Definitions

Elision

Elision

[ih-lizh-uhn]
Elision is the omission of one or more sounds (such as a vowel, a consonant, or a whole syllable) in a word or phrase, producing a result that is easier for the speaker to pronounce. Sometimes, sounds may be elided for euphonic effect.

Elision is normally unintentional, but it may be deliberate. The result may be impressionistically described as "slurred" or "muted."

An example of deliberate elision occurs in Latin poetry as a stylistic device. Under certain circumstances, such as one word ending in a vowel and the following word beginning in a vowel, the words may be elided together. Elision was a common device in the works of Catullus. For example, the opening line of Catullus 3 is: Lugete, O Veneres Cupidinesque, but would be read as Lugeto Veneres Cupidinesque.

The elided form of a word or phrase may become a standard alternative for the full form, if used often enough. In English, this is called a contraction, such as can't from cannot. Contraction differs from elision in that contractions are set forms that have morphologized, but elisions are not.

A synonym for elision is syncope, though the latter term is most often associated with the elision of vowels between consonants (e.g., Latin tabula → Spanish tabla). Another form of elision is aphesis, which means elision at the beginning of a word (generally of an unstressed vowel).

Some morphemes take the form of elision. See disfix.

The opposite of elision is epenthesis, whereby sounds are inserted into a word to ease pronunciation.

A special form of elision called ecthlipsis is used in Latin poetry when a word ending in the letter "m" is followed by a word beginning with a vowel, e.g., "...et mutam nequiquam adloquerer cinerem." = "...et mutam nequiquadloquerer cinerem." - Catullus 101.

The omission of a word from a phrase or sentence is not elision but ellipsis or, more accurately, elliptical construction.

Written representation

Even though the effort that it takes to pronounce a word does not hold any influence in writing, a word or phrase may be spelled the same as it is spoken, for example, in poetry or in the script for a theatre play, in order to show the actual speech of a character. It may also be used in an attempt to transcribe non-standard speech. Also, some kinds of elision (as well as other phonological devices) are commonly used in poetry in order to preserve a particular rhythm.

In some languages employing the Latin alphabet, such as English, the omitted letters in a contraction are replaced by an apostrophe. Greek, which uses its own alphabet, marks elision in the same way.

Examples

English

Examples of elision in English ():

comfortable: /ˈkʌɱfɚtəbəl/ → /ˈkʌɱftɚbəl/
fifth: /ˈfɪfθ/ → /ˈfɪθ/
him: /hɪm/ → /ɪm/
laboratory: /læˈbɔrətɔri/ → /ˈlæbrətɔri/ (American English), /ləˈbɔrətri/ (British English)
temperature: /ˈtɛmpərətʃɚ/ → /ˈtɛmpɚtʃɚ/, /ˈtɛmprətʃɚ/
vegetable: /ˈvɛdʒətəbəl/ → /ˈvɛdʒtəbəl/

Japanese

Elision is extremely common in the pronunciation of the Japanese language. In general, a high vowel (/i/ or /u/) that appears in a low-pitched syllable between two voiceless consonants is devoiced, and often deleted outright. However, unlike French or English, Japanese does not often show elision in writing. The process is purely phonetic, and varies considerably depending on the dialect or level of formality. A few examples (slightly exaggerated; apostrophes added to indicate elision):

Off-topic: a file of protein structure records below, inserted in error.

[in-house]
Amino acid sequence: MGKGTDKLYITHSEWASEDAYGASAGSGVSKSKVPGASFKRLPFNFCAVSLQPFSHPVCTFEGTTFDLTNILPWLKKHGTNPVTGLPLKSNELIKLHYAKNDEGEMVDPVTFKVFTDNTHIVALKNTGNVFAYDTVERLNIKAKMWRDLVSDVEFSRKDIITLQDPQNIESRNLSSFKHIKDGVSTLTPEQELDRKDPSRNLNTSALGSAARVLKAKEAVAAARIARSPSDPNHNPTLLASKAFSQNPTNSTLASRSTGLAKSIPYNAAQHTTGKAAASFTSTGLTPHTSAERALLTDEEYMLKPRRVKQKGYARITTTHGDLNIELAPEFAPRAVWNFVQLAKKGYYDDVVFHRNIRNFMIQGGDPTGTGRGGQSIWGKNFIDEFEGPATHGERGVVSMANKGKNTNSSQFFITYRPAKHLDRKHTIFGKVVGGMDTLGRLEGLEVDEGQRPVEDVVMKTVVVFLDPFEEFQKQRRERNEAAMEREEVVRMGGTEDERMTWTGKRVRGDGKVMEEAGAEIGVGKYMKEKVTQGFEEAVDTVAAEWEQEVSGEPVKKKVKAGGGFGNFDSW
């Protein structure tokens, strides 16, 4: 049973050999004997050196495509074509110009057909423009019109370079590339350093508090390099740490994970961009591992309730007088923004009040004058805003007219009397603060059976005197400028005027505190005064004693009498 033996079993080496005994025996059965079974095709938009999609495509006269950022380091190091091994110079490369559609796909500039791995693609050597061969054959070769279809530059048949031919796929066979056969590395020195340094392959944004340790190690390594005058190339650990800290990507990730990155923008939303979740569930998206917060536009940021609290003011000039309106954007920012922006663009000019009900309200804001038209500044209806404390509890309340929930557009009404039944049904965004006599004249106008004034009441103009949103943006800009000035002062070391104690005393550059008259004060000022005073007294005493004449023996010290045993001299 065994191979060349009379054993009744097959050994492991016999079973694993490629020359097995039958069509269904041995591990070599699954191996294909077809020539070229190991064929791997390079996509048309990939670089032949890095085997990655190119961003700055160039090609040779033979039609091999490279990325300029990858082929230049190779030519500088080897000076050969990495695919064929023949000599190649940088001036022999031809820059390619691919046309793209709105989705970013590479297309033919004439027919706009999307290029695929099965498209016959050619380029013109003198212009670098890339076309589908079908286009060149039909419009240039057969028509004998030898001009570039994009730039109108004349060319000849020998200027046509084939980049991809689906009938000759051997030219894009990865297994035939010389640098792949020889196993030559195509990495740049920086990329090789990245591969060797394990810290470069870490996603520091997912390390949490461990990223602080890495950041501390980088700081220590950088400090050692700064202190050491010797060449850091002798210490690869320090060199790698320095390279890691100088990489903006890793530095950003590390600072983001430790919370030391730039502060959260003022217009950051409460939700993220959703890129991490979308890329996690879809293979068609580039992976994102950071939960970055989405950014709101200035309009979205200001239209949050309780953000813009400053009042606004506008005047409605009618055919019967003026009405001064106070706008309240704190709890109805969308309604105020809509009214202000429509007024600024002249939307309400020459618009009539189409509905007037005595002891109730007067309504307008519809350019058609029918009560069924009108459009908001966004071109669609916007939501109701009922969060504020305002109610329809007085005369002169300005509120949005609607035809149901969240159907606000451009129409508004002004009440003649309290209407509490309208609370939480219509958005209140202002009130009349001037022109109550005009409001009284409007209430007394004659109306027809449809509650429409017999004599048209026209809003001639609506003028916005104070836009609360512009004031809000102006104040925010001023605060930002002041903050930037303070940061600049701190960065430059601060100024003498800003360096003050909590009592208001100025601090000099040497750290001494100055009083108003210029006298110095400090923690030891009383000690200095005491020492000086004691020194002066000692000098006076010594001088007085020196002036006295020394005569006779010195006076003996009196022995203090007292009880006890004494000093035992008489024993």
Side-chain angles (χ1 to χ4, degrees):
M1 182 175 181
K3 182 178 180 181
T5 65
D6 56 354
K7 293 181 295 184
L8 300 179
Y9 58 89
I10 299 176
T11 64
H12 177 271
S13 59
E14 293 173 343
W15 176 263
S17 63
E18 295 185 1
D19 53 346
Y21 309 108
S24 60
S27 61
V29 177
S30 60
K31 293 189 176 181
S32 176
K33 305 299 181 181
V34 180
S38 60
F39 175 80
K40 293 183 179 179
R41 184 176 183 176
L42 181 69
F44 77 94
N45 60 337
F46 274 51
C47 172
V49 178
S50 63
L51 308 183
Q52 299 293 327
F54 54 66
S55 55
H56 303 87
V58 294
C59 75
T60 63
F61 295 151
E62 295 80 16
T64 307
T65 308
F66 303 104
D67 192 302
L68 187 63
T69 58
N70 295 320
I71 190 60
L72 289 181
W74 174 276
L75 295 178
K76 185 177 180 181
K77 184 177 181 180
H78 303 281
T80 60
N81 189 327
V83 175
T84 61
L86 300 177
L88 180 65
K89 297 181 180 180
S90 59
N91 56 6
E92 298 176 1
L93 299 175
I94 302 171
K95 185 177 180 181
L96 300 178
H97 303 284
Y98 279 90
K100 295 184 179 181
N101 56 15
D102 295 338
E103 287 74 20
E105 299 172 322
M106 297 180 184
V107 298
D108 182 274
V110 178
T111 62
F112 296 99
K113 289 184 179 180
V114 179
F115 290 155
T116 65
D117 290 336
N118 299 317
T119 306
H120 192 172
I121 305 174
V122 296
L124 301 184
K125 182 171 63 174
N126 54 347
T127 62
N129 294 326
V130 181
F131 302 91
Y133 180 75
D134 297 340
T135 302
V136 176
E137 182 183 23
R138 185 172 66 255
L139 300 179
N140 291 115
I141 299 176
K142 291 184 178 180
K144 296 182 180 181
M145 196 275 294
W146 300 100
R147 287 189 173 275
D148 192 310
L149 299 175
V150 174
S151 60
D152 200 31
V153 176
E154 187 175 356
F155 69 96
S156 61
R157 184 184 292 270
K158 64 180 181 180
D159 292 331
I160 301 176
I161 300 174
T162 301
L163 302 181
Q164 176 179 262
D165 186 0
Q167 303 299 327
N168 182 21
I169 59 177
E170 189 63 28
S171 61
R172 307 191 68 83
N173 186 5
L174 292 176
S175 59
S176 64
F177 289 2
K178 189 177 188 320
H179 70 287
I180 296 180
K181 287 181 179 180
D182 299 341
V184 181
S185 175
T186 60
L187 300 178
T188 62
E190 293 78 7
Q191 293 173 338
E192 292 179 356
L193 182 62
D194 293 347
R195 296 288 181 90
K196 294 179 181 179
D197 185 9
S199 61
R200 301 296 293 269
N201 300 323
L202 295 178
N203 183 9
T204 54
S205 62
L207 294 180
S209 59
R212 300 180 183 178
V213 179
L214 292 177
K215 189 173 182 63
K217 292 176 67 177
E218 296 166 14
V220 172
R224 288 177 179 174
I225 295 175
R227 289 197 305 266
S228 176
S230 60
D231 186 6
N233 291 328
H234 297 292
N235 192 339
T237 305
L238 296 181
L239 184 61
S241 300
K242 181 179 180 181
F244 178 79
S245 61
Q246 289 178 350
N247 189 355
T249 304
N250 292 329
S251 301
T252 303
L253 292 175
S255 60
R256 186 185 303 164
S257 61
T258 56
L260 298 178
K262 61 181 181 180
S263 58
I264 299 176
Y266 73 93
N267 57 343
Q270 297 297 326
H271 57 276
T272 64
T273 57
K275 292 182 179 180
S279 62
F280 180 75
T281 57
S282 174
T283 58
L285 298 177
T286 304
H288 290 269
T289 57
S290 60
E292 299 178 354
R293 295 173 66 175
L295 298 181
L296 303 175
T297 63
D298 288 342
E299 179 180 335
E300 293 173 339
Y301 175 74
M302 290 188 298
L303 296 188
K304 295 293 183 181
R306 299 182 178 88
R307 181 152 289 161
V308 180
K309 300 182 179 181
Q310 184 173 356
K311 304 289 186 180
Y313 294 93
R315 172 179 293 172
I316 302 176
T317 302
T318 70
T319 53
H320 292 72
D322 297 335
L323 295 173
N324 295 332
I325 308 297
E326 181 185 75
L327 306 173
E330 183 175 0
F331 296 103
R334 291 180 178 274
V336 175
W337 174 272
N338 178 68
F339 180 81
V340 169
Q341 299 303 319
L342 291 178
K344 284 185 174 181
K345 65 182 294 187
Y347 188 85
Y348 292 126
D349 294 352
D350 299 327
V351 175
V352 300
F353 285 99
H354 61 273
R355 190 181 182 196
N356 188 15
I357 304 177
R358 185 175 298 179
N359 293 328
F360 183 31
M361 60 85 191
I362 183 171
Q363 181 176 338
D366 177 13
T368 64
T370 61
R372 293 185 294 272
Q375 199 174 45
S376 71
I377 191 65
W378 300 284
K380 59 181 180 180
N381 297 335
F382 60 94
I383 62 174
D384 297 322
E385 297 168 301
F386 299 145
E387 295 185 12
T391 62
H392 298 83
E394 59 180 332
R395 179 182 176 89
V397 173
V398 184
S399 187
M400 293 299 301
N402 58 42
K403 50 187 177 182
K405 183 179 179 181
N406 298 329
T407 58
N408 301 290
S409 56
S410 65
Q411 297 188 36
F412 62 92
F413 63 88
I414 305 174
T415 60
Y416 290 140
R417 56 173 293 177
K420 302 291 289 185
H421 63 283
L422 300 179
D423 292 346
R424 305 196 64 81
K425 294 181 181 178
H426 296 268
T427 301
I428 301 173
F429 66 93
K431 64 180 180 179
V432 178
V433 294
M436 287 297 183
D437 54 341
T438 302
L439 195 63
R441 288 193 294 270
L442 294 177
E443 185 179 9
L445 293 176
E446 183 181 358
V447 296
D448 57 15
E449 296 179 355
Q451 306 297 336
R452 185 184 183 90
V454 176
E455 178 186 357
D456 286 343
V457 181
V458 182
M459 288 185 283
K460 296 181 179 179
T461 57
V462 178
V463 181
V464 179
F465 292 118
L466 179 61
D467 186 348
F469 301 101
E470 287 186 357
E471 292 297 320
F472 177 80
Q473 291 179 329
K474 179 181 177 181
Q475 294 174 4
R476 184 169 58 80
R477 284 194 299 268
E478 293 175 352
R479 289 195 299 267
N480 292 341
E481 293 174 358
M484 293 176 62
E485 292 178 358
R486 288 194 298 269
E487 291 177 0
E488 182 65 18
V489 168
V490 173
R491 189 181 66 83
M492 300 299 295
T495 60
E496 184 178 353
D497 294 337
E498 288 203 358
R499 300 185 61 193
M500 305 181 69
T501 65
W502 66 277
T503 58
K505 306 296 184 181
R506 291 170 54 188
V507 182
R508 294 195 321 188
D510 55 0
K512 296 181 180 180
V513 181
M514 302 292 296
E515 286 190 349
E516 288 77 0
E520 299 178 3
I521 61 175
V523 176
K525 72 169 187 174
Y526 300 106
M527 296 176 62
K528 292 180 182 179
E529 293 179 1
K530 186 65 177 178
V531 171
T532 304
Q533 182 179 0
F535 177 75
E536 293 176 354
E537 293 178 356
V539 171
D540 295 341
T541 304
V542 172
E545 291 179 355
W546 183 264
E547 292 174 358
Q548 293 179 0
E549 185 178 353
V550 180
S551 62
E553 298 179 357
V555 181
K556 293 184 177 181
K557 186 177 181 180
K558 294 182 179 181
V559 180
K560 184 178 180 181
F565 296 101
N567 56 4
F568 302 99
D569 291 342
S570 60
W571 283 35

Matsushita-san wa imasu ka? ("Is Mr. Matsushita in?")
Pronounced: matsush'tasanwa imas'ka

roku, shichi, hachi ("six, seven, eight")
Pronounced: rok', shich', hach'

Shitsurei shimasu ("Excuse me")
Pronounced: sh'ts'reishimas'

Gender roles also influence elision in Japanese. It is considered masculine to elide, especially the final u of the polite verb forms (-masu, desu), whereas women are traditionally encouraged to do the opposite. However, excessive elision is generally viewed as basilectic, and inadequate elision is seen as overly fussy or old-fashioned. Some nonstandard dialects, such as Satsuma-ben, are known for their extensive elision.

Spanish

The change of Latin into the Romance languages included a significant amount of elision, especially syncope (loss of medial vowels). In Spanish, for example, we have:

  • tabla from Latin tabula
  • isla from Latin insula (through *isula)
  • alma from Latin anima (with dissimilation of -nm- to -lm-)
  • hembra from Latin femina (with lenition of f- to h-, dissimilation of -mn- to -mr- and then epenthesis of -mr- to -mbr-)

Tamil

Tamil has a set of rules for elision. They are categorised into classes based on the phoneme where elision occurs.

Class name Phoneme
Kutriyalukaram u
Kutriyalikaram i
Aiykaarakkurukkam ai
Oukaarakkurukkam au
Aaythakkurukkam the special character akh
Makarakkurukkam m

Finnish

The consonant in the partitive case ending -ta elides when surrounded by two short vowels, except when the first vowel is paragoge. Otherwise it stays. For example, katto+takattoa, ranta+tarantaa, but työ+tätyötä (not a short vowel), mies+tamiestä (consonant stem), jousi+tajousta (paragogic i on a consonant stem).

See also

References

  • Crowley, Terry. (1997) An Introduction to Historical Linguistics. 3rd edition. Oxford University Press.

External links

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